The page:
A passport from the United States of America doesn’t open as many doors as it used to. In fact, it only opens 79.
American visitors are considered a risk not worth taking for much of Asia, Europe, and Oceania because of the pandemic.
The COVID-19 crisis in the U.S. dwarfs the global outbreak, with the U.S. notching the highest confirmed cases and mortality rate the world over. With those two somber distinctions, other countries are reluctant to welcome Americans, even when it means passing on the tourism dollars that Americans pump into foreign economies.
Despite the U.S. Department of State’s advisory first issued in March advising Americans against international travel, 60% of frequent flyers plan to return to the skies within the next six months. But they have limited options for destinations and some countries require visas in advance or negative COVID-19 results. Additionally, the invitation is only good for a three-month stay in most places.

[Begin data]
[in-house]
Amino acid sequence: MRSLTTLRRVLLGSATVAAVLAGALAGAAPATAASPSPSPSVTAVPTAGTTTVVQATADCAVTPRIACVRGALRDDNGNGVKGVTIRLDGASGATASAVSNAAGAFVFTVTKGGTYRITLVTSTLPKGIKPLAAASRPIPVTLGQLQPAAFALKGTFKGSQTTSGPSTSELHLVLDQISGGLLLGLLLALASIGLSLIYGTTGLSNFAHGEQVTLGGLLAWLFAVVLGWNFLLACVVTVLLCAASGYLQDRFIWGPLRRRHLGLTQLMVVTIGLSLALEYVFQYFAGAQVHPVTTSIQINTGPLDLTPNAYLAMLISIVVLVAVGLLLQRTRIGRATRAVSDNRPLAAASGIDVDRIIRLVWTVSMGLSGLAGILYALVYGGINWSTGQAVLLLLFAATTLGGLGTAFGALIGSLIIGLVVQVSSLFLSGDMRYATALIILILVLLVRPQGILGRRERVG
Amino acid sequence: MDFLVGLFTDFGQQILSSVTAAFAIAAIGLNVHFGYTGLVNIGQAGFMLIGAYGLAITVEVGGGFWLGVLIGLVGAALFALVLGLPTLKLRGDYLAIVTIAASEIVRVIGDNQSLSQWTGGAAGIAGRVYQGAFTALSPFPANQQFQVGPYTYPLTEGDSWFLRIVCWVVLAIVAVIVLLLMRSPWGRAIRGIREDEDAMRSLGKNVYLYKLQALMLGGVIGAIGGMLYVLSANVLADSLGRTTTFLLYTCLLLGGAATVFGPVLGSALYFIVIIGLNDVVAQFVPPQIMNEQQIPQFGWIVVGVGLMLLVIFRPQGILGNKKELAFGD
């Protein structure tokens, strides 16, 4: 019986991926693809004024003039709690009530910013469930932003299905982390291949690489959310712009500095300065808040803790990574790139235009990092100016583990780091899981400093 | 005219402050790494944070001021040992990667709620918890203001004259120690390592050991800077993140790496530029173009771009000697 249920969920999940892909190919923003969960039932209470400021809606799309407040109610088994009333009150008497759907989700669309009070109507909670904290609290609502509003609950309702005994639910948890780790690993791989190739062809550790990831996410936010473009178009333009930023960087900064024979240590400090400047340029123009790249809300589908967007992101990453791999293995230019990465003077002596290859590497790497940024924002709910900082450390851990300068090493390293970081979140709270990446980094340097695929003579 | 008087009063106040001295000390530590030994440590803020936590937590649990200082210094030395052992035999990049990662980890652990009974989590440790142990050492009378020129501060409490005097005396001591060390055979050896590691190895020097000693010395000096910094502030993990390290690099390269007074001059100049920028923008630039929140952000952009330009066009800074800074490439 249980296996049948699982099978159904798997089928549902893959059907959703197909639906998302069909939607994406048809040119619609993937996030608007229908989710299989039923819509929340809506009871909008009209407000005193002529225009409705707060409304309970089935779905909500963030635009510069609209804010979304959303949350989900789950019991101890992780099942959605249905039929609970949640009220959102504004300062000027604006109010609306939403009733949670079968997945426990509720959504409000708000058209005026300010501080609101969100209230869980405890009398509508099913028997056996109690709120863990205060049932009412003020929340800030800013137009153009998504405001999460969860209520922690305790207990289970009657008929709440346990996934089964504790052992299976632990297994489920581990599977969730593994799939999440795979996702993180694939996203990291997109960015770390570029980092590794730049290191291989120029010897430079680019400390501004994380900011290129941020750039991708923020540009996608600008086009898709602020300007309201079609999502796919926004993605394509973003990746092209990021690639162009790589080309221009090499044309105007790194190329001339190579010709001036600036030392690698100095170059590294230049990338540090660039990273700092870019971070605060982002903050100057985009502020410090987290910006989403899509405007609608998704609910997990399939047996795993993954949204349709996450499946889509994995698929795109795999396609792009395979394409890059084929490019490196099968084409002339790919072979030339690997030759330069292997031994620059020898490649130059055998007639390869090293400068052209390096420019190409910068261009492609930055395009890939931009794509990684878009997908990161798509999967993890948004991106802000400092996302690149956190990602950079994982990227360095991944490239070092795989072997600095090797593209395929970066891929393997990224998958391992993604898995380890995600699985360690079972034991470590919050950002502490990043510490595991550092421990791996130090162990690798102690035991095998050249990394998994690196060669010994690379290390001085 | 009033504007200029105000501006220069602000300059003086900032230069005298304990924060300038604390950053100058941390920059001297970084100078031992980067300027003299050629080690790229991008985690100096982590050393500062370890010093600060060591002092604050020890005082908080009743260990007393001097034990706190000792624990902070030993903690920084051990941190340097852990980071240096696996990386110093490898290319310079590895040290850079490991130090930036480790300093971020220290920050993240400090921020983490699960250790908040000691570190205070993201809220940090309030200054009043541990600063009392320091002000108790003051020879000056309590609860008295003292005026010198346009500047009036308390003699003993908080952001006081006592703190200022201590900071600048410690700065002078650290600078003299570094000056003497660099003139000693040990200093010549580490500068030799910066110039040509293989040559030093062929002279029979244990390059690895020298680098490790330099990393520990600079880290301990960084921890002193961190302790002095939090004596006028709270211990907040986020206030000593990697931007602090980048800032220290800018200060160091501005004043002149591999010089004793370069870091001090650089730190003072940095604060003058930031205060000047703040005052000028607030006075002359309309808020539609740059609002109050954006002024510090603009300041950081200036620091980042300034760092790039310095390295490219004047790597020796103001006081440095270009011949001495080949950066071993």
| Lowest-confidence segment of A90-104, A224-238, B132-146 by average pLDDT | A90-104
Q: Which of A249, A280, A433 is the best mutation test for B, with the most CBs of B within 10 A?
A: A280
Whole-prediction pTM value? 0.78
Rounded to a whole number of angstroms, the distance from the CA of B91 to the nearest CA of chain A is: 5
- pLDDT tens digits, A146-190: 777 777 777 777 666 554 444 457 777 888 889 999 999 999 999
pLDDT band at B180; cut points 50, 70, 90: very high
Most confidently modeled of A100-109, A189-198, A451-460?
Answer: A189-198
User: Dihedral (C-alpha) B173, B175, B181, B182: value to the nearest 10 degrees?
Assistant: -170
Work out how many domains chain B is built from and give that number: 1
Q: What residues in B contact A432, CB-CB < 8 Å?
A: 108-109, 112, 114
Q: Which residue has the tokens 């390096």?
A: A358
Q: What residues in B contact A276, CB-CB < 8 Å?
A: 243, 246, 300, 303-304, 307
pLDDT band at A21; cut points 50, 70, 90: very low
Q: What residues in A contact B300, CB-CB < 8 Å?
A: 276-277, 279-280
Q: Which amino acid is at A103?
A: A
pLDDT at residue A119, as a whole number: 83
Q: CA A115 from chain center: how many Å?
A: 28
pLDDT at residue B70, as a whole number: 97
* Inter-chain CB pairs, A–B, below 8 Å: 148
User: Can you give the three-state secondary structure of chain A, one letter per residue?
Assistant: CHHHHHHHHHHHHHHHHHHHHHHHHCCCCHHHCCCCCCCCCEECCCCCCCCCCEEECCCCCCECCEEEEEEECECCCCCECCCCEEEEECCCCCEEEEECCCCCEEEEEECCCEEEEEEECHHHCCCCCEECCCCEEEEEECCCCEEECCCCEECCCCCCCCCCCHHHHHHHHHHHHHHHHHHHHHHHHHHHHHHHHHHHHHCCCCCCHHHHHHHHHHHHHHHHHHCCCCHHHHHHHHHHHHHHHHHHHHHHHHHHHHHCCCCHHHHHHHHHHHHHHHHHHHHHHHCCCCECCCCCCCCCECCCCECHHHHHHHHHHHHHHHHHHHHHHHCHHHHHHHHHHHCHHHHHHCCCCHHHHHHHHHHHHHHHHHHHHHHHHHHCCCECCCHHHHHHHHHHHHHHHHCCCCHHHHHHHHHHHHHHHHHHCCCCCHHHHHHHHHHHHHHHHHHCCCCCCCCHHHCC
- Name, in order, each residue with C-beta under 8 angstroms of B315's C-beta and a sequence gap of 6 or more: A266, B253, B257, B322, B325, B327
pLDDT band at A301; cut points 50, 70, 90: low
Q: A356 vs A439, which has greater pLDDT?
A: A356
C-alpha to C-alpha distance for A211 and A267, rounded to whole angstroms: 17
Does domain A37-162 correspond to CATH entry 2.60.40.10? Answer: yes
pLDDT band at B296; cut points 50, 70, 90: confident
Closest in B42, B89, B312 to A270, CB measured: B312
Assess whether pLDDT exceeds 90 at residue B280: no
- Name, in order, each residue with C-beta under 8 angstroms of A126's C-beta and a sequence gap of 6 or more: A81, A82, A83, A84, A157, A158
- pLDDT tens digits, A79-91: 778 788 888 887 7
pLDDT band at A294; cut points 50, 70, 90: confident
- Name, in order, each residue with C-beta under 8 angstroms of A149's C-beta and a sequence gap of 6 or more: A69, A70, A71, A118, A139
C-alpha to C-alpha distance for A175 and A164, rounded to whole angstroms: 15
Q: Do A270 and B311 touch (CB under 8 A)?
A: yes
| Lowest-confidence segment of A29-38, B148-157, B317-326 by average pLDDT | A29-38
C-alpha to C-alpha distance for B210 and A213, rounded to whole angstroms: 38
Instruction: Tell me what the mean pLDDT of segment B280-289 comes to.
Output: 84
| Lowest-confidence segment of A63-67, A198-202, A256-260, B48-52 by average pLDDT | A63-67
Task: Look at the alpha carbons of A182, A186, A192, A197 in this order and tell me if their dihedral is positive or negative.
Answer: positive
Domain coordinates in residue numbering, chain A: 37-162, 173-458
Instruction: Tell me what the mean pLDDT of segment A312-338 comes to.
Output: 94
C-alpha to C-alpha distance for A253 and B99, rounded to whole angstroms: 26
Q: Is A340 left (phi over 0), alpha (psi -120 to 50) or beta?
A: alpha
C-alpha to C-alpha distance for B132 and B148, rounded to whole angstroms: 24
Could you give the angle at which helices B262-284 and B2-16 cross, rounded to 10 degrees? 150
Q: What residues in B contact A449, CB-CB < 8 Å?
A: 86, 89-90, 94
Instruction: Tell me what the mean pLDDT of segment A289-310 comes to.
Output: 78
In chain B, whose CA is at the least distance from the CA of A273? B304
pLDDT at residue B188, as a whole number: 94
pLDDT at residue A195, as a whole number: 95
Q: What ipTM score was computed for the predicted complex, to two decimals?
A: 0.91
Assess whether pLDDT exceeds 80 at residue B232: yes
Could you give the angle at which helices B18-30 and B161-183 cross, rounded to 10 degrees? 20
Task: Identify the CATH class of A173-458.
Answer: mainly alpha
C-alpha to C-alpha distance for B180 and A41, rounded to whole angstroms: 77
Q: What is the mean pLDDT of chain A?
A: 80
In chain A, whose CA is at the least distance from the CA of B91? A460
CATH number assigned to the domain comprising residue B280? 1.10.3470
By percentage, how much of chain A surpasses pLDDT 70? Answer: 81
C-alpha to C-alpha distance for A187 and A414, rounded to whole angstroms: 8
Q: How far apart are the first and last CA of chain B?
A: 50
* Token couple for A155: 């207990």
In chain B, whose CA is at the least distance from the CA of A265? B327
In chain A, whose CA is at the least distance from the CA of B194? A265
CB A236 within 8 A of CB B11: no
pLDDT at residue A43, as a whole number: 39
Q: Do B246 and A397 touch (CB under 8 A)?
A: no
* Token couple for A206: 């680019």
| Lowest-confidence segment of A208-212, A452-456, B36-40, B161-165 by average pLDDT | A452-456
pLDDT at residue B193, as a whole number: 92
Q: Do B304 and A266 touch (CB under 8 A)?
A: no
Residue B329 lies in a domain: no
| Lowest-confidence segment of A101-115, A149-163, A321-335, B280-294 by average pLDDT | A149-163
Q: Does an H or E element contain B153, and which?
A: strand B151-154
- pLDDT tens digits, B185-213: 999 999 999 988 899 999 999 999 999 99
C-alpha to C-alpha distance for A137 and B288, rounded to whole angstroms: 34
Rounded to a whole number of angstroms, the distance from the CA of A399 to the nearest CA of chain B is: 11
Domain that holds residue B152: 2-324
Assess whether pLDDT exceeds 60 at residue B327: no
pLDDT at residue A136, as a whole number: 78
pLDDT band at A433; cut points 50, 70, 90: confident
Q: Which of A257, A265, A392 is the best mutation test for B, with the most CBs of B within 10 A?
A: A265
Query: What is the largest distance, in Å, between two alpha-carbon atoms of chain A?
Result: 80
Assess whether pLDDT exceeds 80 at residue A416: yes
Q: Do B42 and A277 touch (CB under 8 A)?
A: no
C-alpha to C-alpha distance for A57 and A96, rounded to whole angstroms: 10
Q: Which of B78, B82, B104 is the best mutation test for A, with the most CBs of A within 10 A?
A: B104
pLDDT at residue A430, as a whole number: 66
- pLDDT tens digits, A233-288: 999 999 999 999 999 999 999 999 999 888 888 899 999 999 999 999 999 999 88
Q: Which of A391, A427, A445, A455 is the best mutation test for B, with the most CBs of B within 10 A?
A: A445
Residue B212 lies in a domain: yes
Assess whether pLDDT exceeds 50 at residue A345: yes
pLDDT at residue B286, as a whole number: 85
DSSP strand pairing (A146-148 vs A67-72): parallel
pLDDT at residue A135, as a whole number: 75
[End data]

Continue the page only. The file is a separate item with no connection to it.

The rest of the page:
Here is where Americans can go.
Antigua and Barbuda
Central African Republic
Sao Tome and Principe
St. Vincent and the Grenadines
Trinidad and Tobago
United Arab Emirates
The following welcome American visitors but aren’t recognized by the United Nations because they are sovereign territories overseas.
Turks and Caicos
The travel bans due to COVID-19 have dragged the strength of the U.S. passport down to No. 20, below Moldova and above Malaysia, according to the Passport Index. In relation to the country’s North American neighbors, a passport from Canada ranks third and Mexico’s is No. 29. Japan and New Zealand are tied for No. 1.
The index ranks the 199 countries and territories recognized by the United Nations in terms of mobility, accessibility to other countries, and a metric on the country’s perception abroad.
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